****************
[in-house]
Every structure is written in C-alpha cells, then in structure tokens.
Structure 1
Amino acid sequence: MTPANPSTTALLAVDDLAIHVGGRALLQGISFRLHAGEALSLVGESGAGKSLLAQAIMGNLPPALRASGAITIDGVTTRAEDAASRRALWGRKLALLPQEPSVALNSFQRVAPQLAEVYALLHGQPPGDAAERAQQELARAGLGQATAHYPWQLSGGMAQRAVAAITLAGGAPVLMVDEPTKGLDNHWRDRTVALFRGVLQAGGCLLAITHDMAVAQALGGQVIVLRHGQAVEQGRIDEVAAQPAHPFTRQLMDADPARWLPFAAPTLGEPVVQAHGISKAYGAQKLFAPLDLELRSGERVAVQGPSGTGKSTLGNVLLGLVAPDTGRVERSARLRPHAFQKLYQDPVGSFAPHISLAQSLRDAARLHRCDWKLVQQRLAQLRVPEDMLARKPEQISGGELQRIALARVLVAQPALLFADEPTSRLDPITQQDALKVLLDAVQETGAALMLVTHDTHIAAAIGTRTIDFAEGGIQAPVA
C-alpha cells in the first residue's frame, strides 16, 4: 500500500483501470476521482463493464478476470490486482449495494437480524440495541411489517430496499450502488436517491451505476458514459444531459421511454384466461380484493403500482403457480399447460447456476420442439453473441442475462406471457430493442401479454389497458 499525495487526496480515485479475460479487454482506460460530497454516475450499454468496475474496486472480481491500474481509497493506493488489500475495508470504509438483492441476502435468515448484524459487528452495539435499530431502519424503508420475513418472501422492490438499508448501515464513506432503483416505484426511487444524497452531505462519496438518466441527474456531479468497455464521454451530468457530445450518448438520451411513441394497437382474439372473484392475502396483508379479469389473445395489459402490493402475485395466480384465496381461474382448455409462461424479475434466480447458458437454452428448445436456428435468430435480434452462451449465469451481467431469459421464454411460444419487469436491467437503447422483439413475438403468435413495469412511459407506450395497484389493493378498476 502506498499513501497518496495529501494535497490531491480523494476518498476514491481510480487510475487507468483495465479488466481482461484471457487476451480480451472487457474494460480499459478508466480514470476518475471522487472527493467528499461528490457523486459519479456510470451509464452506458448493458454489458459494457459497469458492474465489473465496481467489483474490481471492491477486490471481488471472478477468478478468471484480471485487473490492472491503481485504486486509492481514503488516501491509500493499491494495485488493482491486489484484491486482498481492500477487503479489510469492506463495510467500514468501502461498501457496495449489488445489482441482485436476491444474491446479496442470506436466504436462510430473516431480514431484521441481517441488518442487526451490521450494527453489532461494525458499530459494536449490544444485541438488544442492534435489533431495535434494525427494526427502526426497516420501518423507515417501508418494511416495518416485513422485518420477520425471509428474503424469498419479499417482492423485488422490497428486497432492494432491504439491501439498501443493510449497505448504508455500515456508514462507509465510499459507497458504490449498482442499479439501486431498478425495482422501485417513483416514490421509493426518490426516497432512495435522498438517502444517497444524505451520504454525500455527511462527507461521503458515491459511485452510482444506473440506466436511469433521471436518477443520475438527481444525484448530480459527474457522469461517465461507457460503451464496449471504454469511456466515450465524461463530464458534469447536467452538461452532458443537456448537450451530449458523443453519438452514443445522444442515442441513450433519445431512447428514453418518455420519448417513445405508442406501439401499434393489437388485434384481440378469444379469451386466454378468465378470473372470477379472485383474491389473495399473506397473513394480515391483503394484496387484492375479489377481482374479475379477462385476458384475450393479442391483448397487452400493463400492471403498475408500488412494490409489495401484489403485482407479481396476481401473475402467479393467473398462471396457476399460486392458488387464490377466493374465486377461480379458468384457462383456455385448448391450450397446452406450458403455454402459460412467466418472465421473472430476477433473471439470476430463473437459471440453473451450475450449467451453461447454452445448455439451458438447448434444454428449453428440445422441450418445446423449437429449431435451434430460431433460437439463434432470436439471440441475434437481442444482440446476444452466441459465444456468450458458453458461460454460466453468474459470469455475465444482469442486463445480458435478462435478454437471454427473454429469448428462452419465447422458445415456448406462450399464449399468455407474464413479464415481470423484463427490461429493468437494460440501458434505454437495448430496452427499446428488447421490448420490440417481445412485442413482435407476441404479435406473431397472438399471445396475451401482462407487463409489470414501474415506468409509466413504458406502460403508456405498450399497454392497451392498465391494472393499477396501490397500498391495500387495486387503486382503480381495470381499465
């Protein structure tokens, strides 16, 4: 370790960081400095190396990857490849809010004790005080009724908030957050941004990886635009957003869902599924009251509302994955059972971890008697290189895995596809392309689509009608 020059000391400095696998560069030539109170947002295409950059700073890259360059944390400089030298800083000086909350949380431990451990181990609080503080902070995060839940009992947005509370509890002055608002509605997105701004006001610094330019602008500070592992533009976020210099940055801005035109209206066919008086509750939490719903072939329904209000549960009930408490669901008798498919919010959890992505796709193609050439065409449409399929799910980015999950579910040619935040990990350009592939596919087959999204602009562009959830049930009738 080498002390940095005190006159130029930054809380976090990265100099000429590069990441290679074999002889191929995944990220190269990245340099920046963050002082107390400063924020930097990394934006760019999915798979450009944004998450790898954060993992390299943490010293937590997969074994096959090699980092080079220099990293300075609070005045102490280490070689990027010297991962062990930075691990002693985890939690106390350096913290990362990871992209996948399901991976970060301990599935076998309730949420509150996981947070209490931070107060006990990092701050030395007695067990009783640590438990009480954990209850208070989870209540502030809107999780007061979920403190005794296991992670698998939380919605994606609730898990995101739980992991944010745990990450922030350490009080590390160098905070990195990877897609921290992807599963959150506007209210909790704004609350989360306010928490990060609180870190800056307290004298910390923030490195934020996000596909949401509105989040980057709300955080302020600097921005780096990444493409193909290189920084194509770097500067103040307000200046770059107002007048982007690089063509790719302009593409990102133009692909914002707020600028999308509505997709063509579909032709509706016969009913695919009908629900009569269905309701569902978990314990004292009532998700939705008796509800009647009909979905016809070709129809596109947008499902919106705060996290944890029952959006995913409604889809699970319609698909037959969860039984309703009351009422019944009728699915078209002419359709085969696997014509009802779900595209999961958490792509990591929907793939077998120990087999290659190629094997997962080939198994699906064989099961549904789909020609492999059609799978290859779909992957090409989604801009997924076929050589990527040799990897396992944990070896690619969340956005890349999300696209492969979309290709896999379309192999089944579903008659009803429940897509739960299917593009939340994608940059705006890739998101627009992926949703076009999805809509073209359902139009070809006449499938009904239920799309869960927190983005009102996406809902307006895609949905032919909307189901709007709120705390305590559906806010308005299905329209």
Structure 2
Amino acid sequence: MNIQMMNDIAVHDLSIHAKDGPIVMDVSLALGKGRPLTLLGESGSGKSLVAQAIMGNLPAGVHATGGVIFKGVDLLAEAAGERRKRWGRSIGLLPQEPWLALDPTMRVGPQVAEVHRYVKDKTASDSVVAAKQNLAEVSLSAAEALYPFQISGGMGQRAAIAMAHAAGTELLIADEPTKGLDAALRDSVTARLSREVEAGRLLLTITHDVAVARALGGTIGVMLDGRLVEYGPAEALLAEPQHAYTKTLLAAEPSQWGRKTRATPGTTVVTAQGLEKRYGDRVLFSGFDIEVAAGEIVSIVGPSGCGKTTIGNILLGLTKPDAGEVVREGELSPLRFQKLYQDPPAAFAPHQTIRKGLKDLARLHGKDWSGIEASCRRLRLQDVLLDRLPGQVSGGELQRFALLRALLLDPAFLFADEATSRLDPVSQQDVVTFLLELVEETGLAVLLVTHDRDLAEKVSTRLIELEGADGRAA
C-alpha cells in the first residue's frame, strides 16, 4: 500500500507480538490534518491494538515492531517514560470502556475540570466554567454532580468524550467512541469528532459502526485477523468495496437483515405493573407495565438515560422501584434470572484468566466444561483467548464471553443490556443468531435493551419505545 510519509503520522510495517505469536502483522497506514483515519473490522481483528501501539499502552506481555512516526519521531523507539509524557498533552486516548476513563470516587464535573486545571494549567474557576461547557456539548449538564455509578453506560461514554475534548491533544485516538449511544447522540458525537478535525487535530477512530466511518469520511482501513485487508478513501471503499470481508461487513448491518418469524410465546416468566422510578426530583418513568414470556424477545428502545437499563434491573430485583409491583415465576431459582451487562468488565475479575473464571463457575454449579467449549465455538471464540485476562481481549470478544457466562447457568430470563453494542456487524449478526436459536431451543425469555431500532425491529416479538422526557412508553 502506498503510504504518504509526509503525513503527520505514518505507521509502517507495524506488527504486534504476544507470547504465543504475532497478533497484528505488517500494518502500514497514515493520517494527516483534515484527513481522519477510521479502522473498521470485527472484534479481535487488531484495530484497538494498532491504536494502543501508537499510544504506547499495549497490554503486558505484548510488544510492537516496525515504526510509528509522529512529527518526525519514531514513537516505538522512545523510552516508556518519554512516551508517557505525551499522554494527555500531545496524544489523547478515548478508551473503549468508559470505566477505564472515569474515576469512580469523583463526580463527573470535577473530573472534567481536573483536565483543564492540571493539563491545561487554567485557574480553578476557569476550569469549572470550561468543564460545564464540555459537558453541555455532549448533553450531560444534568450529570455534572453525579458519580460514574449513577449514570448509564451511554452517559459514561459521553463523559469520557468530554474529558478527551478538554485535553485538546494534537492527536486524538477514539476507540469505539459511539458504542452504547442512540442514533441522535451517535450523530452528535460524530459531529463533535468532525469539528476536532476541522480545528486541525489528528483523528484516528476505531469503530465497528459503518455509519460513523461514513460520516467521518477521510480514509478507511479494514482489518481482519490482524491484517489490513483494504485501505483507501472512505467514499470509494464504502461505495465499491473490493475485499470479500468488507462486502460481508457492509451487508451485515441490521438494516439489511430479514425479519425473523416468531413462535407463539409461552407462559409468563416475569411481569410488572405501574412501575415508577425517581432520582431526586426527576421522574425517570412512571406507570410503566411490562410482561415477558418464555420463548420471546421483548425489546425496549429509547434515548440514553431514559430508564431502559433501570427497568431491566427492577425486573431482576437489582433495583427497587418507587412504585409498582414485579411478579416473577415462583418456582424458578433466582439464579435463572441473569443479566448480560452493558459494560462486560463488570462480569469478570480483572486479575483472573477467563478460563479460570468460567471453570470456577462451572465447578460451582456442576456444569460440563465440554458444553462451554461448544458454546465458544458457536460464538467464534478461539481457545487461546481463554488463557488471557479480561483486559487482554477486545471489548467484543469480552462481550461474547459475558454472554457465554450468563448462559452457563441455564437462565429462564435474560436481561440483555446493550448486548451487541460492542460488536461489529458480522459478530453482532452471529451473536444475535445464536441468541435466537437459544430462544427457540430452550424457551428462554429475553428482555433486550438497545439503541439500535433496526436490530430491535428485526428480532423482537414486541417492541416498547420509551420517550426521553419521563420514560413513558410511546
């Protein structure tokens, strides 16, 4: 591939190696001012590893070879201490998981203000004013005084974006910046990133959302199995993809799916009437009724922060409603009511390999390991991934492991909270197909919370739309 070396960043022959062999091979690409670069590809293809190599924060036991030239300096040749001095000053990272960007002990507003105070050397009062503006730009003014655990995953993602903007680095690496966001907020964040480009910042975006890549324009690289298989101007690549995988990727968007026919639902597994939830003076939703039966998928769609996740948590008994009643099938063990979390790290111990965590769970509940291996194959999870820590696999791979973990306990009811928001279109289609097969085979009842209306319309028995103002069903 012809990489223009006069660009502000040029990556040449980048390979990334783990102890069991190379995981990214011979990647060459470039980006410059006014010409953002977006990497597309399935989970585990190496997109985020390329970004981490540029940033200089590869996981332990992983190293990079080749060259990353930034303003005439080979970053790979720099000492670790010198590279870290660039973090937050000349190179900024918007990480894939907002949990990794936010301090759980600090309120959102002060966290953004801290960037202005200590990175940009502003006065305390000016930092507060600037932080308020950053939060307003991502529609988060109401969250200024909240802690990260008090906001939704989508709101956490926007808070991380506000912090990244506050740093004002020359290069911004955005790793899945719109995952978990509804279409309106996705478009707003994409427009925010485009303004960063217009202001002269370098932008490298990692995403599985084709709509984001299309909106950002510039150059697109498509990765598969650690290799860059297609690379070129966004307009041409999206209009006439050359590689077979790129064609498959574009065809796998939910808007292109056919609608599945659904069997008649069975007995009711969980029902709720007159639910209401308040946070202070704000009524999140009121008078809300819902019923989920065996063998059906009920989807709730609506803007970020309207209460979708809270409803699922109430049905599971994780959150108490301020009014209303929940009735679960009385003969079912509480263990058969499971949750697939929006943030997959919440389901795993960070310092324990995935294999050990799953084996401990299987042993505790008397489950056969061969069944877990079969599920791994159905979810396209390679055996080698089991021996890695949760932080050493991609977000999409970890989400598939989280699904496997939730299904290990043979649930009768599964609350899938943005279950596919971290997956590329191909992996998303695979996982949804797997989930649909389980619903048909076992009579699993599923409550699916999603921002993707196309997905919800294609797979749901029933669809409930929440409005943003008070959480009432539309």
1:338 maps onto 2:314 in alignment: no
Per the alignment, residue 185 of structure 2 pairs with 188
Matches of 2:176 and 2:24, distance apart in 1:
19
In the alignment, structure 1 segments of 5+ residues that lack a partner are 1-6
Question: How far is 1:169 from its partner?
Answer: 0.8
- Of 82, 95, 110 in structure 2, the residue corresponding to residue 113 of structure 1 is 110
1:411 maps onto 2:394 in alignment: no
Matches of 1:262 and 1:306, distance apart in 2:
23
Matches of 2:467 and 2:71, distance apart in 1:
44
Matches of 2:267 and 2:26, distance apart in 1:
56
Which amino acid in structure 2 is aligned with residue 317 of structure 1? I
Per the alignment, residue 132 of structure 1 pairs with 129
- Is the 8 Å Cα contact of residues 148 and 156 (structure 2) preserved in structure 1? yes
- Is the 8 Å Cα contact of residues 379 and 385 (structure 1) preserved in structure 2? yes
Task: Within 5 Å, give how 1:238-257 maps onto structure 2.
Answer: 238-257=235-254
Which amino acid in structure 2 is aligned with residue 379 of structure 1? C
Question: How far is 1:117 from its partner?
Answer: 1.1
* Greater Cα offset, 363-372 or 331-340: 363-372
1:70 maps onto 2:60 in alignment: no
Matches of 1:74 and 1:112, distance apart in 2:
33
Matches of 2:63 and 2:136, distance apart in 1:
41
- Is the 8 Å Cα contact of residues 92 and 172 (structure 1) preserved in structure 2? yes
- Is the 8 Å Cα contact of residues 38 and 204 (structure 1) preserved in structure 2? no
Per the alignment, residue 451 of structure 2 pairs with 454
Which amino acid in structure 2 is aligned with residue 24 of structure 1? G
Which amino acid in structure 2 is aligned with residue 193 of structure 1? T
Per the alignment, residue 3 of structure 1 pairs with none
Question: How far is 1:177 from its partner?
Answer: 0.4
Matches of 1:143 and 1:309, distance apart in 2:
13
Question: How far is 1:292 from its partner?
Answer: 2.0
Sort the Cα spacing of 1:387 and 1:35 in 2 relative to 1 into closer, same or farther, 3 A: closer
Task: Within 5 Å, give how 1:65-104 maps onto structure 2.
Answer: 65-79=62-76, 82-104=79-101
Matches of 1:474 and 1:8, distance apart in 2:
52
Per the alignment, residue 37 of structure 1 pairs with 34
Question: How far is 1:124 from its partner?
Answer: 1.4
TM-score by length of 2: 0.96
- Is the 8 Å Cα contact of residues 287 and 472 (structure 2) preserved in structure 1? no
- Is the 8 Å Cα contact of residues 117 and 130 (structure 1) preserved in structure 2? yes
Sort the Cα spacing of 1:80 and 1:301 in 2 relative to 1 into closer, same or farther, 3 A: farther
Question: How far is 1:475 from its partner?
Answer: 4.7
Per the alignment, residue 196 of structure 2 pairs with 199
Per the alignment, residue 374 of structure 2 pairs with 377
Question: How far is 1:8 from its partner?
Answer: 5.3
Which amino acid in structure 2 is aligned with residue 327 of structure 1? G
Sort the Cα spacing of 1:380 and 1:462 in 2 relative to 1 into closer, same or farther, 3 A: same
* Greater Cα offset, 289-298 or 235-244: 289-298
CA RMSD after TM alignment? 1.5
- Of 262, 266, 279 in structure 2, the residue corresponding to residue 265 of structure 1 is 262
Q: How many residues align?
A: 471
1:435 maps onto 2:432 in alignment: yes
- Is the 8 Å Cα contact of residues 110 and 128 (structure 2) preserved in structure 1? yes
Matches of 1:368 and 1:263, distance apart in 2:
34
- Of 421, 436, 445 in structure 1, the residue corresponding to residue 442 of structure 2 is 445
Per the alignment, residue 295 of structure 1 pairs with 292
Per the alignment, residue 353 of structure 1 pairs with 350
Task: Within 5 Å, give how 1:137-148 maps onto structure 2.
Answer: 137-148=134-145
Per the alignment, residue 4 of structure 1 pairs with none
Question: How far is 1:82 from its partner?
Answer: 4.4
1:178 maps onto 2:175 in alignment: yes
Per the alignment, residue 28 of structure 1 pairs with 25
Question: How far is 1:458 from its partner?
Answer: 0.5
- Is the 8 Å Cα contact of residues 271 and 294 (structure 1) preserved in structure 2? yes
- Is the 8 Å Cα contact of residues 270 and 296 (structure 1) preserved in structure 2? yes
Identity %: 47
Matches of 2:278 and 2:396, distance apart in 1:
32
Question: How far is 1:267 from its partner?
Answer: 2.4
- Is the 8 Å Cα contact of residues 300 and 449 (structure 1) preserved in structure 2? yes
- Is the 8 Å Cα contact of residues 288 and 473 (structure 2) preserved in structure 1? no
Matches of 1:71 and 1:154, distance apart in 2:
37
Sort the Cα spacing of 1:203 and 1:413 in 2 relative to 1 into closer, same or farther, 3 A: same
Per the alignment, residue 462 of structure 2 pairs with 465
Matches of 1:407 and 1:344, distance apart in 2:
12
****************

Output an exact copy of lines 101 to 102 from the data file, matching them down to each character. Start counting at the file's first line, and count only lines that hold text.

- Is the 8 Å Cα contact of residues 300 and 449 (structure 1) preserved in structure 2? yes
- Is the 8 Å Cα contact of residues 288 and 473 (structure 2) preserved in structure 1? no